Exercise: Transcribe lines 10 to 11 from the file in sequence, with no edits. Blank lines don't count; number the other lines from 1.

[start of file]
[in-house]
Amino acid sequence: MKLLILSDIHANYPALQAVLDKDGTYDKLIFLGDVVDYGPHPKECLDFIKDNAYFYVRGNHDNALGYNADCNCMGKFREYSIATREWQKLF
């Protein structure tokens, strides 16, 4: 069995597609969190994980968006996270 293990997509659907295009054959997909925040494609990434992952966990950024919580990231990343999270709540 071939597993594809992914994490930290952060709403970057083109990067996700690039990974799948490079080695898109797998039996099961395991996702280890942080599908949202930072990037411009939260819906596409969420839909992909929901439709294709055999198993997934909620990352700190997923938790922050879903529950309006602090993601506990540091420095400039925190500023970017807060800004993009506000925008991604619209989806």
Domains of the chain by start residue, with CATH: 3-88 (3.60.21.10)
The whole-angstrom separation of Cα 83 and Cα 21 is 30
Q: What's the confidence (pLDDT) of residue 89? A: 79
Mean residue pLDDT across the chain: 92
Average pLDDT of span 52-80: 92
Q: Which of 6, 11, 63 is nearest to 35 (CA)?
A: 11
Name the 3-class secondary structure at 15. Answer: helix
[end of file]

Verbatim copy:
A: 11
Name the 3-class secondary structure at 15. Answer: helix